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Paper

Understanding the Incel Community on YouTube

MPS-Authors
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Zannettou,  Savvas
Internet Architecture, MPI for Informatics, Max Planck Society;

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Fulltext (public)

arXiv:2001.08293.pdf
(Preprint), 747KB

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Citation

Papadamou, K., Zannettou, S., Blackburn, J., De Cristofaro, E., Stringhini, G., & Sirivianos, M. (2020). Understanding the Incel Community on YouTube. Retrieved from https://arxiv.org/abs/2001.08293.


Cite as: http://hdl.handle.net/21.11116/0000-0007-89B3-4
Abstract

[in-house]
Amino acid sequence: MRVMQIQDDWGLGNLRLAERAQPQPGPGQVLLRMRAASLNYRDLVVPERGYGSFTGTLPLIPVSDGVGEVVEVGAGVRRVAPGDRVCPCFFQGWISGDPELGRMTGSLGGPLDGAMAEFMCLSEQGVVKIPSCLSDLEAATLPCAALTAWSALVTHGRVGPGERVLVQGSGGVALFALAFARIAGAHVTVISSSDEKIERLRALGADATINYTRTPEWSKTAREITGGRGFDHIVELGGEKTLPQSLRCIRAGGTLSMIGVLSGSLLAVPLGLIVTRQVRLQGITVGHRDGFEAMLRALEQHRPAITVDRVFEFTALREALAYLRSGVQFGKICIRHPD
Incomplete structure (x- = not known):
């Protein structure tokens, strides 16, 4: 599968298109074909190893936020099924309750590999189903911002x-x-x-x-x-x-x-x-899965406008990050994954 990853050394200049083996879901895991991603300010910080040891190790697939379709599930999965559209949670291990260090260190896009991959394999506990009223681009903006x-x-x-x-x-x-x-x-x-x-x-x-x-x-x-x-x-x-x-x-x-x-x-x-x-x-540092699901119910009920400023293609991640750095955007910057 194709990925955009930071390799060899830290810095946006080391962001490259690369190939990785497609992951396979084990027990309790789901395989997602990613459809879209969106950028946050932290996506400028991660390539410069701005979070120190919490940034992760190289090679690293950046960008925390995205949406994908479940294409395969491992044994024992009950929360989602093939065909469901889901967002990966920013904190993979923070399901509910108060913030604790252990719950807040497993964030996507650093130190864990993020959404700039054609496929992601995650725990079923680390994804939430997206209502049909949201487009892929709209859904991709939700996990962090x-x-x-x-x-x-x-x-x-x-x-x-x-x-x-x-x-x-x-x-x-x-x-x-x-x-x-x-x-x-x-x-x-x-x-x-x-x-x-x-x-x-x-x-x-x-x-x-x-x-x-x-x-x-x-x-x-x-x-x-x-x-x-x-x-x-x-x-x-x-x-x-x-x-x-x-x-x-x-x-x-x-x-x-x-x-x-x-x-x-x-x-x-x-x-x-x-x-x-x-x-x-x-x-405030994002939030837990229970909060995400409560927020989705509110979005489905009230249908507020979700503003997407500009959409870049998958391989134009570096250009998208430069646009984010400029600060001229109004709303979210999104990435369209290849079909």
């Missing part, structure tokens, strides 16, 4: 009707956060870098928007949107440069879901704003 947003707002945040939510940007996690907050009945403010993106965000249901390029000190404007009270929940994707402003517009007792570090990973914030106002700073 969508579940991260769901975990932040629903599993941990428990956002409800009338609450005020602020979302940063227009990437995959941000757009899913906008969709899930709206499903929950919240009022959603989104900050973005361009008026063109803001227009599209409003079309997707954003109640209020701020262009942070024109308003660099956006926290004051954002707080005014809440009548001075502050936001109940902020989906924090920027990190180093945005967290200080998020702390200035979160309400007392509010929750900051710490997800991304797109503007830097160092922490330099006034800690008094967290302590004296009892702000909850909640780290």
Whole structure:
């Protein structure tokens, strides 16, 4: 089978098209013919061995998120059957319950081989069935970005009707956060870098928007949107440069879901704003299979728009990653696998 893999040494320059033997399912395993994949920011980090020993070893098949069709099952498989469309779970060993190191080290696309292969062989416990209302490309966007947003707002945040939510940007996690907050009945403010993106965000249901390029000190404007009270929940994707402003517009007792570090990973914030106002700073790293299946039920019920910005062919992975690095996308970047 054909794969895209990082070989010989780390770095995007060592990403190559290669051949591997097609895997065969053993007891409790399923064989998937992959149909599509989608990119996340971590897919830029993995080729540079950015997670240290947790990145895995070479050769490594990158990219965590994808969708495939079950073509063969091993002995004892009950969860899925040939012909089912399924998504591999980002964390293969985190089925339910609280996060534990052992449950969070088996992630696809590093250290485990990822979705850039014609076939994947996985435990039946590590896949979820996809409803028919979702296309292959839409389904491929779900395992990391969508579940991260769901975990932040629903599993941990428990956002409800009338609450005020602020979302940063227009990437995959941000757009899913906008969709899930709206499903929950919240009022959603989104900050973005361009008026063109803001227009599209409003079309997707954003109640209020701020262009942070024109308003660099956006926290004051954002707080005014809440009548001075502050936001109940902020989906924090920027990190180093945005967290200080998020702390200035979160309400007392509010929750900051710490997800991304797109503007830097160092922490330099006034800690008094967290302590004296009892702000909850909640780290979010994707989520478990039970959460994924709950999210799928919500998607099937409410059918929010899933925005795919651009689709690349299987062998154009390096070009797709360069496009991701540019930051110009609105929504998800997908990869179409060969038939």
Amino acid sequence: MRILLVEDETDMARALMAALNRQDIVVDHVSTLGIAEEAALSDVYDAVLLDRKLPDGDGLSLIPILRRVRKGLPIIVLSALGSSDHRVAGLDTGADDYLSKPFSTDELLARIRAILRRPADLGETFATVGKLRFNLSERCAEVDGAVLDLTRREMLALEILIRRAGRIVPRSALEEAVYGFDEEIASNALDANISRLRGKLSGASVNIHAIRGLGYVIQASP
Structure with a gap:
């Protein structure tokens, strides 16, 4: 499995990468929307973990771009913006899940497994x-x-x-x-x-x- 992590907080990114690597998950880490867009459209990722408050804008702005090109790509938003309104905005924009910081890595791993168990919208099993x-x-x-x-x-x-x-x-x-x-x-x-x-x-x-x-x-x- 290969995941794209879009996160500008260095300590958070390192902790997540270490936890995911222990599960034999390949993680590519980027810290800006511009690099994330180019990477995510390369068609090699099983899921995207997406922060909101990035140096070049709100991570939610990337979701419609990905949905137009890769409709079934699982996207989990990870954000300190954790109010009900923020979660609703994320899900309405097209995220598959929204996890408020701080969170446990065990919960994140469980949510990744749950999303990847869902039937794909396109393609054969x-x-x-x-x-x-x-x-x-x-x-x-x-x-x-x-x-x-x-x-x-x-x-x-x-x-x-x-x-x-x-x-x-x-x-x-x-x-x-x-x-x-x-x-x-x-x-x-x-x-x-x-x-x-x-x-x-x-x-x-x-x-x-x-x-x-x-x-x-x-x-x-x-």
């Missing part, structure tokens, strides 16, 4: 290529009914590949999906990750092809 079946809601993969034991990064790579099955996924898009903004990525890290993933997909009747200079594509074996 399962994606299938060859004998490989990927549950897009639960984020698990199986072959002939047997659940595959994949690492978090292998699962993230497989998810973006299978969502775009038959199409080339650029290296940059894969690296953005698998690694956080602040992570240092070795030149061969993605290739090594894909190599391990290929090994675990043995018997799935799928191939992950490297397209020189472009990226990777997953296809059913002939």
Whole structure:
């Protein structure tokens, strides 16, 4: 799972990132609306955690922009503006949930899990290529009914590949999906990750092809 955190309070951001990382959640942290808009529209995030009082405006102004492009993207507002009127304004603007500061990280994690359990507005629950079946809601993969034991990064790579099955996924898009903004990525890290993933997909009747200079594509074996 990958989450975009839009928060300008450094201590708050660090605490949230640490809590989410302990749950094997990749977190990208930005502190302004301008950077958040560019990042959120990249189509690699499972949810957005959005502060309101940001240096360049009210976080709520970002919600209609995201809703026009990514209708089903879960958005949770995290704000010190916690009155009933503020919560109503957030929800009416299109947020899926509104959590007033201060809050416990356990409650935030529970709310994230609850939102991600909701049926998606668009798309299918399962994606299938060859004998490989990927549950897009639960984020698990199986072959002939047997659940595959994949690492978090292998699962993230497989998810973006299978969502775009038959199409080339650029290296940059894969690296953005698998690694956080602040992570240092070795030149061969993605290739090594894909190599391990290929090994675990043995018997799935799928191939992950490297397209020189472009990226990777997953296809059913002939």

YouTube is by far the largest host of user-generated video content worldwide. Alas, the platform also hosts inappropriate, toxic, and/or hateful content. One community that has come into the spotlight for sharing and publishing hateful content are the so-called Involuntary Celibates (Incels), a loosely defined movement ostensibly focusing on men's issues, who have often been linked to misogynistic views. In this paper, we set out to analyze the Incel community on YouTube by focusing on the evolution of this community over the last decade and understanding whether YouTube's recommendation algorithm steers users towards Incel-related videos. We collect videos shared on Incel-related communities within Reddit, and perform a data-driven characterization of the content posted on YouTube. Among other things, we find that the Incel community on YouTube is getting traction and that during the last decade the number of Incel-related videos and comments rose substantially. Also, we quantify the probability that a user will encounter an Incel-related video by virtue of YouTube's recommendation algorithm. Within five hops when starting from a non-Incel-related video, this probability is 1 in 5, which is alarmingly high as such content is likely to share toxic and misogynistic views.